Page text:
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Yuriy Sardarov Says Filming Outside For Chicago Fire Was 'A Miserable Experience'

Chicago winters can get pretty cold and miserable. There's no way around that fact. Shows that have been filmed in the Windy City, such as "Shameless" and "The Bear" have showcased the harshness of the winters that Chicagoans are naturally predispositioned to "deal with." Outsiders coming into the Second City during a particular cold snap might note the way the air just sort of burns your skin on contact. Even the "Chicago Fire" heat isn't enough to combat the frigid winter temperatures.

The "One Chicago" franchise has made a home filming in actual Chicago for all of its shows under the umbrella. While the cast does feature a lot of locals, some transplants from Los Angeles or elsewhere might be in for a rude awakening when having to film their first outdoor Winter scenes. Yuriy Sardarov, who played firefighter Brian "Otis" Zvonecek in "Chicago Fire" until his character's tragic death on the show in 2019, previously split his time living between Los Angeles and Chicago. When it came time to film some outdoor Winter scenes for the series, Sardarov really struggled with the dangerous below-freezing temperatures he had to endure for long hours.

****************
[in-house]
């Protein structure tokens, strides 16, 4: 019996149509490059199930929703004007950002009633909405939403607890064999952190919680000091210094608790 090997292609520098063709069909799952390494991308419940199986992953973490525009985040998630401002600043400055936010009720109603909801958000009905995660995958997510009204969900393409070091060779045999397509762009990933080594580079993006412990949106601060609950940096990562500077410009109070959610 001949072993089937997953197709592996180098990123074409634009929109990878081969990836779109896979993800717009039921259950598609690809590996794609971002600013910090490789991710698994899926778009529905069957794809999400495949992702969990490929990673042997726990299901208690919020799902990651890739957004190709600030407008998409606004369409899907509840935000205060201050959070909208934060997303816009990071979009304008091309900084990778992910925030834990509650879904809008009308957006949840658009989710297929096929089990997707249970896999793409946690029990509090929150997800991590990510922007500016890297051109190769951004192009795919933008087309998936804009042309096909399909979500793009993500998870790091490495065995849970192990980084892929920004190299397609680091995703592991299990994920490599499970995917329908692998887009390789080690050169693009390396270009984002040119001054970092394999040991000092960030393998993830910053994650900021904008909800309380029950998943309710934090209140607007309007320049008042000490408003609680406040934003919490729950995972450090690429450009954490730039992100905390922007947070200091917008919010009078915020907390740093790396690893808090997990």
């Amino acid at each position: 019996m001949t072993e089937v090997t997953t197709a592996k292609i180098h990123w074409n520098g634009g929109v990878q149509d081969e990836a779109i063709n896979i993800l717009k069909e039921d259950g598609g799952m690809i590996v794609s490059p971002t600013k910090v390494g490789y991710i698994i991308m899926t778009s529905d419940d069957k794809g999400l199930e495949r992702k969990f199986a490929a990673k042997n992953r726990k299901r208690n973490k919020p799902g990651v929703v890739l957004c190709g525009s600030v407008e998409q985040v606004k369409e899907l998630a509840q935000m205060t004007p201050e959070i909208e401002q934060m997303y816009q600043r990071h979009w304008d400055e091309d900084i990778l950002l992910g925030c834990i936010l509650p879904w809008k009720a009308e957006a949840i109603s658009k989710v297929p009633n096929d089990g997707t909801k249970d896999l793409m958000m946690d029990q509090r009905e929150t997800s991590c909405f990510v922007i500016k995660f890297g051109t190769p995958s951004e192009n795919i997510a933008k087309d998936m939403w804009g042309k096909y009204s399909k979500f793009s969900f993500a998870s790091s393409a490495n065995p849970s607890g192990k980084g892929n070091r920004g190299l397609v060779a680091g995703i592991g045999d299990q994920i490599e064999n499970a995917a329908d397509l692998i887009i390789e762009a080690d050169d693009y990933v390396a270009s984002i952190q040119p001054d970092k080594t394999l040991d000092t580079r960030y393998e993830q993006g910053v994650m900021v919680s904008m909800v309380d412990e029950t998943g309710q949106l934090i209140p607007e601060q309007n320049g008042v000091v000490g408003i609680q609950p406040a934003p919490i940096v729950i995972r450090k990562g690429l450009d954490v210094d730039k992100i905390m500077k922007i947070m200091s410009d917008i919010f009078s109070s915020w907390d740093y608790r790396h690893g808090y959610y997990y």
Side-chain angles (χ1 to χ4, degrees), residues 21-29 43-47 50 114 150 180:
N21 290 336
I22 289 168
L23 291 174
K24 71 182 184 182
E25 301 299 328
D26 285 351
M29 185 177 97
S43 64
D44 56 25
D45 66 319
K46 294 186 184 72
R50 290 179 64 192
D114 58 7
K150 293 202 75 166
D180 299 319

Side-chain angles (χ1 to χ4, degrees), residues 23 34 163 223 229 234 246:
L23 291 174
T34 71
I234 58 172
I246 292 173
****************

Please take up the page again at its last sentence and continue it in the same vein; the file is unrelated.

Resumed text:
The extreme cold made the cast bond through shared misery

Yuriy Sardarov, who played Otis Zvonecek in "Chicago Fire," joined the show in Season 1 and became a regular in Season 2. Before being assigned as a driver for Station 81, Zvonecek earned the nickname Otis (based on the elevator repair company) for his specialty in helping out with elevators. Upon reflecting on his character's departure from the show, Sardarov commented to Tell Tale TV on how difficult it was to film in the Chicago Winters, even though, in retrospect, those are some of his favorite memories of filming.

He said, "We'd be outside at 5:00 am and filming. It's a miserable experience. There's no way to sugarcoat that. But I knew that as soon as I'd be done, I would look back on those memories, and I would cherish them." He remembered days when he had to film, and the temperature coming off the lake was 45 degrees below zero with the wind chill. He continued, "Our feet were frozen in our boots."

He recalled it being challenging to act when dealing with those kinds of conditions. He said, "You're just standing there, and you have to have this look of great concern on your face, but you are frigid and frozen to the spot." On days like that, the cast just wanted their work day to be over, but they also formed an infallible bond through the temperature-based trauma they experienced. He continued, "But it's moments like that, where everybody's like, 'please kill me,' where the connection that you make and the camaraderie that you build is completely indispensable and so special."